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Publication numberUS20040019706 A1
Publication typeApplication
Application numberUS 10/207,672
Publication dateJan 29, 2004
Filing dateJul 29, 2002
Priority dateJul 29, 2002
Also published asUS6934769
Publication number10207672, 207672, US 2004/0019706 A1, US 2004/019706 A1, US 20040019706 A1, US 20040019706A1, US 2004019706 A1, US 2004019706A1, US-A1-20040019706, US-A1-2004019706, US2004/0019706A1, US2004/019706A1, US20040019706 A1, US20040019706A1, US2004019706 A1, US2004019706A1
InventorsGerald Smith
Original AssigneeSmith Gerald Edward
Export CitationBiBTeX, EndNote, RefMan
External Links: USPTO, USPTO Assignment, Espacenet
Methods and structure for SCSI/IDE translation in a storage subsystem
US 20040019706 A1
Abstract
Methods and associated structure operable within a SCSI-based storage subsystem to adapt the storage controller for use with non-SCSI disk drives. A firmware layer of the present invention intercepts SCSI read/write requests and pass through command blocks (CDBs) generated by the storage management core of the controller and translates the requests and command structures into corresponding command structures for transmission to a non-SCSI disk drive. In like manner, the firmware layer of the present invention receives status information from non-SCSI disk drives and translates the status information into corresponding SCSI compatible status information. In one exemplary preferred embodiment, a storage subsystem designed for interaction with SCSI disk drives may be adapted in accordance with the present invention to utilize lower-cost, commodity disk drives such as IDE compatible disk drives.
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Claims(14)
What is claimed is:
1. A storage subsystem comprising:
a storage controller adapted for controlling SCSI storage devices;
a non-SCSI storage device; and
a conversion element coupling said storage controller to said storage device for converting information exchanged between said storage controller and said non-SCSI storage device.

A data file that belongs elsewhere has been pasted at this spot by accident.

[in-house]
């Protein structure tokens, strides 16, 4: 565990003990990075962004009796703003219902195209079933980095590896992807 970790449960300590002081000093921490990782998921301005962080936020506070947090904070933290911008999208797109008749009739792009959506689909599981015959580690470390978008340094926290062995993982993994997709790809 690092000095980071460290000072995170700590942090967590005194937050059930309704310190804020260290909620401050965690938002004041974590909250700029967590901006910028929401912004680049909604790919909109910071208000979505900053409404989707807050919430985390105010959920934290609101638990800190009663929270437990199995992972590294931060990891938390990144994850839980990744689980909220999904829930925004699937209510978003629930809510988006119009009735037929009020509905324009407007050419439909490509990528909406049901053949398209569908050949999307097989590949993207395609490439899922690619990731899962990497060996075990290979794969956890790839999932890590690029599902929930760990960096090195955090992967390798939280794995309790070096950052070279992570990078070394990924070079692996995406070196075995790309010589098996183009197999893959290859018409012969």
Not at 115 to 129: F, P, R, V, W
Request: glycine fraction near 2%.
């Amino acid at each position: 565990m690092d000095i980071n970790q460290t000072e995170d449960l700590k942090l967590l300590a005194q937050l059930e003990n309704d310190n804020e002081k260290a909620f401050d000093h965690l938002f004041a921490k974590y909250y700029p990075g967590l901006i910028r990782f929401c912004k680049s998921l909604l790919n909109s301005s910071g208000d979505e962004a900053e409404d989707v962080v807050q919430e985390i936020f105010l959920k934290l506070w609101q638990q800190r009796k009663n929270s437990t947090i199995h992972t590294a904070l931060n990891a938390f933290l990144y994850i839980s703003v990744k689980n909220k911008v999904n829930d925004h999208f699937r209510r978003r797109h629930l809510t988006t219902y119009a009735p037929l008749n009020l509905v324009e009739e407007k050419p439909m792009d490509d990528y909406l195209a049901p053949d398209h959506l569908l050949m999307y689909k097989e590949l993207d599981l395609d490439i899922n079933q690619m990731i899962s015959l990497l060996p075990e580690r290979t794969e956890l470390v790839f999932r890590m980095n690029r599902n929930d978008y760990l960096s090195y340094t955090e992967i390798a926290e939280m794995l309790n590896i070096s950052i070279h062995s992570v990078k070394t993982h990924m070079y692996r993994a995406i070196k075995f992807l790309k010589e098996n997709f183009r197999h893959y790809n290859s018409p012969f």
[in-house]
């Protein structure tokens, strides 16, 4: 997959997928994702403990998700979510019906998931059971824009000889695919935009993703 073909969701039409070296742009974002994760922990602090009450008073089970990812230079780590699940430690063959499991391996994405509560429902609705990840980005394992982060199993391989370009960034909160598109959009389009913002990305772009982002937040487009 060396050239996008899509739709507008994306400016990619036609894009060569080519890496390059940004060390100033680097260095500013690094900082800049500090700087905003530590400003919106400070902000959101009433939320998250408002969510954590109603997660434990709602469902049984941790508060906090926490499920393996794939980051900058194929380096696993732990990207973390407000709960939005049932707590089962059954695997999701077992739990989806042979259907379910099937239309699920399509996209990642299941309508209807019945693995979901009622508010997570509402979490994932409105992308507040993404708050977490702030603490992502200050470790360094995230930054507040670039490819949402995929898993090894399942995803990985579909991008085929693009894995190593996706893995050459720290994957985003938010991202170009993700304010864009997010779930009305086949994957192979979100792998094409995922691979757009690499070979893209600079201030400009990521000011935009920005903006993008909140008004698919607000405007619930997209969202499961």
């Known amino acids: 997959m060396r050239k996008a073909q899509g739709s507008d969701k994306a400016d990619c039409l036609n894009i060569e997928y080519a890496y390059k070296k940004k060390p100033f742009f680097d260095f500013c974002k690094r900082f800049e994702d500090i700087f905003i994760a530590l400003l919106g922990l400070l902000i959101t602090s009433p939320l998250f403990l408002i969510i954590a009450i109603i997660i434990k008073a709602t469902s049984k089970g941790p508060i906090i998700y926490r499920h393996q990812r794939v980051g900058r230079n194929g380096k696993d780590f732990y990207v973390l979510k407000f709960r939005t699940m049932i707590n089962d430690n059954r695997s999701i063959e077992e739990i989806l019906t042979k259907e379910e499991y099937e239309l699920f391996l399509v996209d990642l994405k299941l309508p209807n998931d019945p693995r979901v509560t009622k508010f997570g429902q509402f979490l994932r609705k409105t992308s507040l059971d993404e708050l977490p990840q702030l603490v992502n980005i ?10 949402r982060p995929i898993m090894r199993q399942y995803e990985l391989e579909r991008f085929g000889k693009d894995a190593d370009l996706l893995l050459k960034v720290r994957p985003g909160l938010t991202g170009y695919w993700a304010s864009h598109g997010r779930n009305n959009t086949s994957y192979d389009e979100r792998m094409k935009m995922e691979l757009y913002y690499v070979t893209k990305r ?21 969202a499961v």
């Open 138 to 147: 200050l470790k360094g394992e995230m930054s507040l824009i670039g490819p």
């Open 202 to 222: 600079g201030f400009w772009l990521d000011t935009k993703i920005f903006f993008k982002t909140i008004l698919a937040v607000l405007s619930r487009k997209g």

2. The subsystem of claim 1 wherein said conversion element includes:
a pass-through SCSI CDB conversion element to convert pass-through SCSI commands for application to said non-SCSI storage device.
3. The subsystem of claim 1 wherein said conversion element includes:
a read/write SCSI message conversion element to convert read and write SCSI requests for application to said non-SCSI storage device.
4. The subsystem of claim 1 wherein said conversion element includes:
a status conversion element for receiving status information from said non-SCSI storage device and converting said status information to related SCSI status information.
5. The subsystem of claim 1 wherein said non-SCSI storage device is an IDE compliant storage device.
6. The subsystem of claim 1 wherein said storage controller is a RAID storage controller.
7. A storage controller comprising:
a SCSI-based RAID storage control core element;
an IDE interface for coupling said storage controller to a plurality of IDE disk drives;
a SCSI/IDE command conversion element for converting commands generated by said SCSI-based RAID storage controller core element for application to an IDE disk drive coupled to said IDE interface; and
an IDE/SCSI status conversion element for converting status information received from an IDE disk drive coupled to said IDE interface for application to said SCSI-based RAID storage control core element.
8. A system comprising:
a plurality of non-SCSI storage devices; and
a SCSI-based storage controller communicatively coupled to said plurality of non-SCSI storage devices wherein said SCSI-based controller includes:
storage management core means for managing storage of data on said plurality of non-SCSI storage devices; and